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From the June, 2007
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Stationed at the Cross by Patrick Henry Reardon

Stationed at the Cross

Matthew, Mark, and Luke all record that a Roman “centurion” stood near the cross and witnessed the death of Jesus. Mark is the only one to use here the military expression kentyrion (15:39,44,45), which is in fact transliterated from the Latin centurio (as earlier in Polybius 6.24.5). Indeed, this Latin word does not appear in the New Testament except in Mark, whose Gospel, according to the earliest testimonies, was written at Rome and for the Romans. To describe this same military officer, Matthew uses the corresponding Greek word hekatontarchos, literally a “commander of a hundred” (27:54), and Luke the variant hekatontarches (23:47).

This centurion is quoted in response to the death of Jesus in all three of these Gospels, though the quotations are not identical. A close examination of the biblical text will show, in fact, that the variants themselves are significant, each of them conveying a meaning proper to the Gospel in which it appears. I write to undertake that examination.

According to Mark, the centurion near the cross, when he witnesses the death of Jesus, cries out, “Truly this Man was the Son of God!” We note that this exclamation, which in form differs not at all from a Christian profession of faith, does not arise in response to any of the physical phenomena that accompany the death of Jesus. Although Mark at this point does refer to the rending of the temple veil (15:38), he records no extraordinary physical manifestation at the site of the cross, except for the three hours of darkness (15:33).

The exclamation of the centurion seems to come, rather, in response to Jesus’ death, or the cry of dereliction that preceded his death. The centurion’s identification of Jesus as “Son of God” near the end of this Gospel matches the words with which Mark begins, “The beginning of the Gospel of Jesus Christ, the Son of God.” It corresponds also to God the Father’s revelatory word at Jesus’ baptism (“You are my beloved Son, in whom I am well pleased”—1:11) and the Transfiguration (“This is my beloved Son”—9:7).

In sum, the centurion’s exclamation beside the cross expresses the deepest concern of Mark’s Gospel, the true identity of Jesus and his relation to God. In context, this divine identity is revealed precisely in Jesus’ sufferings and death. It is at the cross that the centurion, who thus becomes a symbol of Christian faith, addresses the Father’s affirmation about his Son.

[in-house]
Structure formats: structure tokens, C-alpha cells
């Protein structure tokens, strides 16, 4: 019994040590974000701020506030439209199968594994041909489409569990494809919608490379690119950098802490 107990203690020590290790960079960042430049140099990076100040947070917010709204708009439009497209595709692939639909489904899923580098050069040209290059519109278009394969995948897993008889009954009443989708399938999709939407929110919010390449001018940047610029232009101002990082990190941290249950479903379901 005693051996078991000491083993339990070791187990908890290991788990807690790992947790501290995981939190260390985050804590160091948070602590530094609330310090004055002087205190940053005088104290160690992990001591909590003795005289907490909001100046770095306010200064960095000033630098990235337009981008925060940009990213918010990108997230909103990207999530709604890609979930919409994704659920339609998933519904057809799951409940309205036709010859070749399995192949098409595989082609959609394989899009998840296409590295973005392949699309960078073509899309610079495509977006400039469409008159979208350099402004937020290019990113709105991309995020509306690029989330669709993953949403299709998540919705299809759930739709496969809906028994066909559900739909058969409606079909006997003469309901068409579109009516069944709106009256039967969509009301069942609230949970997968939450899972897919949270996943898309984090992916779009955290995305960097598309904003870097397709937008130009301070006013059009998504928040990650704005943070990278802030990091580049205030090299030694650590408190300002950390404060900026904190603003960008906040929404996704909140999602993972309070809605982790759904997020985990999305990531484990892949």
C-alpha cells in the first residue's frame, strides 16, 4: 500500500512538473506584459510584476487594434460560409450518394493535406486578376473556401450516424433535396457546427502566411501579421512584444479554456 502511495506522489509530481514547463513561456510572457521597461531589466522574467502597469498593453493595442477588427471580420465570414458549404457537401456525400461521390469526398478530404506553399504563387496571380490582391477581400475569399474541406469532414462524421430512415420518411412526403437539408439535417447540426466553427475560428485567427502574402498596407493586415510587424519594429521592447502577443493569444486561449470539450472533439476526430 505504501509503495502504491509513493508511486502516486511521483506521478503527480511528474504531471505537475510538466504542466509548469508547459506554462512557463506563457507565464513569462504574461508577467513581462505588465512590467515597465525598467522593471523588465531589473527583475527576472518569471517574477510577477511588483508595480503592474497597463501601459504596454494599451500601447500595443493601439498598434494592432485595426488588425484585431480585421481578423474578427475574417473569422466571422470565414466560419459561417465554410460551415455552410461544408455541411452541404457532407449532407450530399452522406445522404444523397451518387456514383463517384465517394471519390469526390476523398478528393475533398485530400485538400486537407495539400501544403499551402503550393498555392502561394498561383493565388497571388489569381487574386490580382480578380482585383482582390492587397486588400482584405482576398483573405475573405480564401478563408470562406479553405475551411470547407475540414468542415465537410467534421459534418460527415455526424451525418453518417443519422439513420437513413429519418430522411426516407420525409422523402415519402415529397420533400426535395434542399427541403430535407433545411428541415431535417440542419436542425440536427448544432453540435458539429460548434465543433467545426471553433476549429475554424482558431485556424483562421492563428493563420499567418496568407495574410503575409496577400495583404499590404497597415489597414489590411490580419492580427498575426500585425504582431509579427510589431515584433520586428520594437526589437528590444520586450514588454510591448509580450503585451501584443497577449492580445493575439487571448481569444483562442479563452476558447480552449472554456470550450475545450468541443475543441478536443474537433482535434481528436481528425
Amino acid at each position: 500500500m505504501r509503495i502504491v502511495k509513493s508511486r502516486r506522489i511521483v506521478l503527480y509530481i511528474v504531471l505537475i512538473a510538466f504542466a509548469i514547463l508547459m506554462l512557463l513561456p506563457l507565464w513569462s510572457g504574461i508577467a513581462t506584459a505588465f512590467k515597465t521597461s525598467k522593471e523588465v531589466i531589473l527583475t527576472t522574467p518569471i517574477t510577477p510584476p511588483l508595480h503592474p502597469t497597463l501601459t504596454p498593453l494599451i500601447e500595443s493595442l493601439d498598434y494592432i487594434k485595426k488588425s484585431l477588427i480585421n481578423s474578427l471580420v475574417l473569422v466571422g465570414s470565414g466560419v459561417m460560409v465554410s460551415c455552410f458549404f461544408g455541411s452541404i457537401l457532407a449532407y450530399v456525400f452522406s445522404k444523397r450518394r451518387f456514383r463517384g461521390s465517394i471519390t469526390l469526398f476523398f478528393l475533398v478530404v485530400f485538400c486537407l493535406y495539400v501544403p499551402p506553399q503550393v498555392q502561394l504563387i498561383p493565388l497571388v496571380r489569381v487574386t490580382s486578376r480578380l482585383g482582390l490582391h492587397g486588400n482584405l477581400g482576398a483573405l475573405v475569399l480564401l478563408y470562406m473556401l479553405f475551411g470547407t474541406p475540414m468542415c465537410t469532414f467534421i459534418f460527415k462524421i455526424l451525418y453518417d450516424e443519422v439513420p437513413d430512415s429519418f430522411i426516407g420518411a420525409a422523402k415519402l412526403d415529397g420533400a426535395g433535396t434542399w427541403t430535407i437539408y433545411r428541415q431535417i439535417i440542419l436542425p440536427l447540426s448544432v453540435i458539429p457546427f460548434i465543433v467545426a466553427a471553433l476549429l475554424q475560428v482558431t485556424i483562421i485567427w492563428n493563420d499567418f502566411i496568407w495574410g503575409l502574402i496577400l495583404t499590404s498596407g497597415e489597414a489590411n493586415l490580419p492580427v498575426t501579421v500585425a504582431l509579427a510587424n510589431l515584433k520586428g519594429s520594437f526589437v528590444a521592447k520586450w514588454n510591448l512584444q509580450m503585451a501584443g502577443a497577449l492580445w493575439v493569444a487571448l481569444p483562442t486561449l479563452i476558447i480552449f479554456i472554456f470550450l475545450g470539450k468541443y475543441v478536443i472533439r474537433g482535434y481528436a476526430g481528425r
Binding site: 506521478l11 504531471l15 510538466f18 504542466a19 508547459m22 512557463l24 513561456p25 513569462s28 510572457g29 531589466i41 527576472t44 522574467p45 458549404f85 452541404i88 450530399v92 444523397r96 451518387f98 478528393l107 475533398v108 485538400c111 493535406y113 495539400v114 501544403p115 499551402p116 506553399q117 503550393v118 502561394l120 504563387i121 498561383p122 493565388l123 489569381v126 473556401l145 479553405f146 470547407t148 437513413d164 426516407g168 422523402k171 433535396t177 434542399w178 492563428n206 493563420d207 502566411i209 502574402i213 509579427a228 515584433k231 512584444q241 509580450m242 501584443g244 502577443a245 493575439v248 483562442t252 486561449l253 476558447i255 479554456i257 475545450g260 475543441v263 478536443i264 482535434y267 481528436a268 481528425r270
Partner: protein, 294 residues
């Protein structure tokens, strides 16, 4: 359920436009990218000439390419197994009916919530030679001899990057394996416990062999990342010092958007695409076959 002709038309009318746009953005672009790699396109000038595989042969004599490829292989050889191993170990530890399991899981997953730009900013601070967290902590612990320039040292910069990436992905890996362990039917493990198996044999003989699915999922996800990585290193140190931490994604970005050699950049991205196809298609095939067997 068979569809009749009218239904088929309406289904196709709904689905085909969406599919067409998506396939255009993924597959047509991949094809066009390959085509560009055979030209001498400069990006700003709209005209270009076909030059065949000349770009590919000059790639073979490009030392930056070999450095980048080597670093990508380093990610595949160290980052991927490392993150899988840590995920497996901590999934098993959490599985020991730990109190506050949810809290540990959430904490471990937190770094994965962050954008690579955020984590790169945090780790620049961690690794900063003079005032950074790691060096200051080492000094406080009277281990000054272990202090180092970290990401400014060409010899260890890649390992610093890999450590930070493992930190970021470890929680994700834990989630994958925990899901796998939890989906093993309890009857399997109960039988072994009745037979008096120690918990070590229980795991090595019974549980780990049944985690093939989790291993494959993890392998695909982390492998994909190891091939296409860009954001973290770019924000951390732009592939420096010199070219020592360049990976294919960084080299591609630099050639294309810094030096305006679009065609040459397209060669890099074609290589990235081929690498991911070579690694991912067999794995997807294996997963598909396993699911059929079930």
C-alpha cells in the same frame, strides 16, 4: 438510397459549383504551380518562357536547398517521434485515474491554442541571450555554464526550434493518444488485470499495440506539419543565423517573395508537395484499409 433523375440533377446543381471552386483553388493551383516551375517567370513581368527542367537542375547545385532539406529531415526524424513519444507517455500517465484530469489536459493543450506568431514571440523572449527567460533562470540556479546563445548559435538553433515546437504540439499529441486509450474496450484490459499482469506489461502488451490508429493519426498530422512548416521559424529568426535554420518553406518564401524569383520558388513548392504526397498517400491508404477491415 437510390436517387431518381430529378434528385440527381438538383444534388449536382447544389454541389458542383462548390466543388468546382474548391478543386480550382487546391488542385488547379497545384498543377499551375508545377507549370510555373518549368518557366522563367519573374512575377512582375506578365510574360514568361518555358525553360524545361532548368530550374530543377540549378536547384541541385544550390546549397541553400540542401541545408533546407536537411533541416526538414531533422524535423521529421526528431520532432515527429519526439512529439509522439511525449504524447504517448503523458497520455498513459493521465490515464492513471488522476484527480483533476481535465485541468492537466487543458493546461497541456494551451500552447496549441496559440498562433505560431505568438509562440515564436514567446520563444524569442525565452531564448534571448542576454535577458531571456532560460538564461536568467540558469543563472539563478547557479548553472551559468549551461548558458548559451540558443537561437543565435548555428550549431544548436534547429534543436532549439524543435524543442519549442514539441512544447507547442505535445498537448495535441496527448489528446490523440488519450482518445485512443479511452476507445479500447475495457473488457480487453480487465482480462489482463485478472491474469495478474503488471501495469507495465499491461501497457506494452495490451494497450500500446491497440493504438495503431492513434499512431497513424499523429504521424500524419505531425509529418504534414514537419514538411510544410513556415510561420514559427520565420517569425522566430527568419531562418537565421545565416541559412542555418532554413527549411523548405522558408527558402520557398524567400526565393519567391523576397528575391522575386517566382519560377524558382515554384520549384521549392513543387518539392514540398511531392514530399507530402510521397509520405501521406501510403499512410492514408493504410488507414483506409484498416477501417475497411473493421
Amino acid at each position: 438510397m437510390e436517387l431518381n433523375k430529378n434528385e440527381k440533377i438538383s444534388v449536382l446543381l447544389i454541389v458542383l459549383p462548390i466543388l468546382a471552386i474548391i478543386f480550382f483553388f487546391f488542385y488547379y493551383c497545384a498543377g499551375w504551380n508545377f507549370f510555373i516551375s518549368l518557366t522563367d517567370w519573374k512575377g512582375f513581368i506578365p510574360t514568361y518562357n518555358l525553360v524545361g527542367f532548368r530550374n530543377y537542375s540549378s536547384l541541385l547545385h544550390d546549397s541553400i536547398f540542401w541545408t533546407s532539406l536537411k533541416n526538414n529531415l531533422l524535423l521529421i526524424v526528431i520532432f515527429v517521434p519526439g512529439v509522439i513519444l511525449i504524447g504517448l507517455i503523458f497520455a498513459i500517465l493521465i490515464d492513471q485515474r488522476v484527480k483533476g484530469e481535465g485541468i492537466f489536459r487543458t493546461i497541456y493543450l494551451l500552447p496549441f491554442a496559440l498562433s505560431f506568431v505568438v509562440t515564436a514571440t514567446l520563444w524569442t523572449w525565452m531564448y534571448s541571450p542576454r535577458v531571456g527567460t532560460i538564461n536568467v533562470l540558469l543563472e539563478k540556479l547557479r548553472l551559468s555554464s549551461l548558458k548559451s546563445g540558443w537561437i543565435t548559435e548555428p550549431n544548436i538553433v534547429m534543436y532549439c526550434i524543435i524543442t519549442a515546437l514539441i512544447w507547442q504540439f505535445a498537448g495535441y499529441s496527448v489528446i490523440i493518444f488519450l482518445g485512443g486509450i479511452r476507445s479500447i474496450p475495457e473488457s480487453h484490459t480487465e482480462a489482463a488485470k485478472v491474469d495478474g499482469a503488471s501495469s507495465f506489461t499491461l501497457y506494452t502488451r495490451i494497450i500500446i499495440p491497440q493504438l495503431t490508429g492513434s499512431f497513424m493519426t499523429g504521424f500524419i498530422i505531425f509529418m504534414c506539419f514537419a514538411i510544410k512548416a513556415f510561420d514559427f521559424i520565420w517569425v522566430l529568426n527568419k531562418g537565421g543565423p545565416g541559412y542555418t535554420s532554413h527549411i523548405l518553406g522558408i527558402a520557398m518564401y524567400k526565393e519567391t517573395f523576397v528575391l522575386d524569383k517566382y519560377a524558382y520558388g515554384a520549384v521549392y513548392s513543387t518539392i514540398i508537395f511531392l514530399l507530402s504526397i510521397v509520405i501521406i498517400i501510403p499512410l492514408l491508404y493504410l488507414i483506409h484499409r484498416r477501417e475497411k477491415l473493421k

Matthew’s understanding of the centurion’s cry follows the path of Mark but goes even further. This centurion, in confessing Jesus as God’s Son, stands in contrast to Satan as Matthew describes him in the account of Jesus’ temptations. The first of those temptations, which followed immediately on the Father’s declaration of Jesus as his Son (3:17) began by a challenge to that declaration: “If you are the Son of God, command that these stones become bread” (4:3 emphasis added). In opposition to that challenge, our centurion confesses at the cross, “Truly this was the Son of God” (27:54).

Matthew’s centurion illustrates, in addition, the principle that Jesus enunciated earlier with respect to the recognition of his own identity, namely, that “no one knows the Son except the Father. Nor does anyone know the Father except the Son, and the one to whom the Son wills to reveal him”

(11:27). As the recipient of this divine revelation, Matthew’s centurion is a spokesman for the Church, sharing in Simon Peter’s confession: “You are the Christ, the Son of the living God” (16:16).

Finally, in Luke’s account, where the centurion more modestly confesses, “Certainly this was a righteous Man” (23:47), he serves as the spokesman less for the Church than for the Roman Empire. The centurion delivers the final verdict, as it were, in Jesus’ trial. Although that earlier Roman official, Pontius Pilate, repeatedly admitted that he found no fault in Jesus (23:4,14,22), he condemned him nonetheless. Rome’s final word on Jesus in Luke, however, comes from the Roman who watched him die. Even as he announced Jesus’ innocence, says Luke, “he glorified God” (23:47). This glorification of God at the end of Jesus’ life matches that at its beginning: “Then the shepherds returned, glorifying and praising God for all the things that they had heard and seen” (2:20).


Patrick Henry Reardon is pastor of All Saints Antiochian Orthodox Church in Chicago, Illinois. He is the author of Christ in the Psalms, Christ in His Saints, and The Trial of Job (all from Conciliar Press). He is a senior editor of Touchstone.

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